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Physis: Revista de Saúde Coletiva

Print version ISSN 0103-7331


SANTOS, Luiz Antonio de Castro. A century of cholera: an itinerary of fear. Physis [online]. 1994, vol.4, n.1, pp.79-110. ISSN 0103-7331.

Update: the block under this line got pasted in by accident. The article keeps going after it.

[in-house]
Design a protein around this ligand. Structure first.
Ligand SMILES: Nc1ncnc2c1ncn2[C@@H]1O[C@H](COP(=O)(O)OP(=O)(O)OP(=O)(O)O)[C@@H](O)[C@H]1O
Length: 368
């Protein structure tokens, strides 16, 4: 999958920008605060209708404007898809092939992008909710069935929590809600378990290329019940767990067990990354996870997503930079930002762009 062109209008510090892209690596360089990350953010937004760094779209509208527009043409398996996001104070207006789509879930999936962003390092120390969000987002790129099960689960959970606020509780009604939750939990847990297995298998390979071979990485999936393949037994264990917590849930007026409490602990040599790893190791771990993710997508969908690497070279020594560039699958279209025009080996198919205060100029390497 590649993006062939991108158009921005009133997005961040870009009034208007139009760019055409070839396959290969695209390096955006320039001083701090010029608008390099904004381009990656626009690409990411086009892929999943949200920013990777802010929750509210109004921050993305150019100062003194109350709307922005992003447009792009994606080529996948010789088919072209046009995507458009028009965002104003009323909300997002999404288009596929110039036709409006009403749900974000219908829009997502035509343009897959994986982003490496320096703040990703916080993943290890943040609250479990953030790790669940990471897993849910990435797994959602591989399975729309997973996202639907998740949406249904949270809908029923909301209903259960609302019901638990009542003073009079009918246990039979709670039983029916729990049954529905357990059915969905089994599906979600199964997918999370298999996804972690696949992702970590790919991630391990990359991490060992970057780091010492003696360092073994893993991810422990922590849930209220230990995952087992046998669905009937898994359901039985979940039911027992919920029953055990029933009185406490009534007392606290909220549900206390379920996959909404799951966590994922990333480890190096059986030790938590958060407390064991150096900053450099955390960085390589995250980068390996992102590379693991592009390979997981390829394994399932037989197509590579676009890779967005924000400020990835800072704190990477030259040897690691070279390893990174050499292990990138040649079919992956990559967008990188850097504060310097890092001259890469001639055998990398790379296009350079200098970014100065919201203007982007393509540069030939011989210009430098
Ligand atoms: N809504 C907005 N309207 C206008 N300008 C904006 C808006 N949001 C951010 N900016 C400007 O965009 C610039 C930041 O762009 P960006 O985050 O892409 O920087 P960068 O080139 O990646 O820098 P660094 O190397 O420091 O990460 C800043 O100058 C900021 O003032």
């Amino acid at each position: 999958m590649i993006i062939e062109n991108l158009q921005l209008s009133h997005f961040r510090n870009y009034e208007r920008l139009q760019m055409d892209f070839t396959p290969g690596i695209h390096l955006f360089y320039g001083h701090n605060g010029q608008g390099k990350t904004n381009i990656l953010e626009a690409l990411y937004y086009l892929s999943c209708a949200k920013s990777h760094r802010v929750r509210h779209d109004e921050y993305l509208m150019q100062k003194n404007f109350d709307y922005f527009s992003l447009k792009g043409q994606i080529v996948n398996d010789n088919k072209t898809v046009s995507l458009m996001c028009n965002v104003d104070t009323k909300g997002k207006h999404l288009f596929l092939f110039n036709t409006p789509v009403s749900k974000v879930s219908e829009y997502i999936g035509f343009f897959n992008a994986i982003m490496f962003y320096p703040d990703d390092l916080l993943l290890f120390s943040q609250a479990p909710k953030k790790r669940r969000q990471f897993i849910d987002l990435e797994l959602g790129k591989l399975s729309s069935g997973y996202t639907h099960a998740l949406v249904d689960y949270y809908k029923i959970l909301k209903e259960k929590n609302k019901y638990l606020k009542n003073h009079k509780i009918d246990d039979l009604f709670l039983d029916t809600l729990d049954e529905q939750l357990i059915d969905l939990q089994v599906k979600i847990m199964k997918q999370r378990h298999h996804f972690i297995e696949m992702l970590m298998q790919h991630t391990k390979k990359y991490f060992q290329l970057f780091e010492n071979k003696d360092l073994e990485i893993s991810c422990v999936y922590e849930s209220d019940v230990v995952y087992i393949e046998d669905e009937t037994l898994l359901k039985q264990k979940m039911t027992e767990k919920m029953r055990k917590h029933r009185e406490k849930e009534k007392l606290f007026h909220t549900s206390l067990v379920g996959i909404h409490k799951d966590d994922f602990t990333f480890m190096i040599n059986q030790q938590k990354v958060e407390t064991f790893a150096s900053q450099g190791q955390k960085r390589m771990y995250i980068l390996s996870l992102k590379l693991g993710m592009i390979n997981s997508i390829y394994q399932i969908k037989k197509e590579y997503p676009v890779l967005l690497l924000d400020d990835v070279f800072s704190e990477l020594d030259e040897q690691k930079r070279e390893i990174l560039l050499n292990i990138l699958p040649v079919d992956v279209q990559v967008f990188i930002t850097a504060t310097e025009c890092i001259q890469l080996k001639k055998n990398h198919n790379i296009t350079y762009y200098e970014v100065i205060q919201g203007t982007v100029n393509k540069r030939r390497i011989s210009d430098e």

The comparative method is one of hístorical sociology's indispensable tools. Focusing on a century of cholera epidemics in a numbcr of countries, the present comparative study endeavors to show how one same historical-social phenomenon displays sharp contrasts across time and space in the impacts il has on culture, society, and poliíics. For example, dissimilar state-building processes have left deep marks on lhe nature of administra-tive apparatuses in different countries, leading each nation to develop its own distinct forms of sanitary organizations and its own ways of combaling cholera cpidemics. At the same lime, historical comparative analysis makes it possiblc to pick out patterns of rclationship between illness and society within thcse differentiated contexts. Despite their differences, in various national communities the ethical values, beliefs, and behavior patterns that social classes, the medicai profession, religious groups, and government administrations have displayed towards cholera reveal certain practically invariable symbolic patterns. Comparative analysis' madc it possible, for example, to detect that in the mid-nineteenth century everyone in Rio de Janeiro as well as in New York saw cholera as a punishment from God, a disease which struck First at those whose social behavior was "censurabie". There is a twofold purpose in this arlicle's narration of the human tragedy of the New York experience with cholera: (1) to show how a sociology of evereyday life can reveal complex interactions between illness, individual, and society in a nineteenth-century metropolis and (2) to show how the analysis of a different historical experience - in this case, the United States - can uncover strong contrasts and similarities with Brazil. Such knowledge of another reality is a challenge in learning how the Brazilian population has faced this epidemic disease. In terms of the disease's macro-historical effects, rising death rates had a less brutal impact than social and psychological factors, that is, the terror sparked by cholera within the day-to-day lives of families. From an epidemiological viewpoint, the article tells how these epidemics were products of a major hreakdown in the balance between microparasite and human host in Asia, a brcakdow that can be traced to intensified population migration prompted by European im-perialism. Starting out from índia, these cpidemic waves swept swiftly across Europc and the Américas, affecting above ali poor populations and those residing in unhealthy areas. This is the general picture discussed in the present article, in which historical sociology borrows some of William McNeill's more enlightening analyses in historical epidcmiology.

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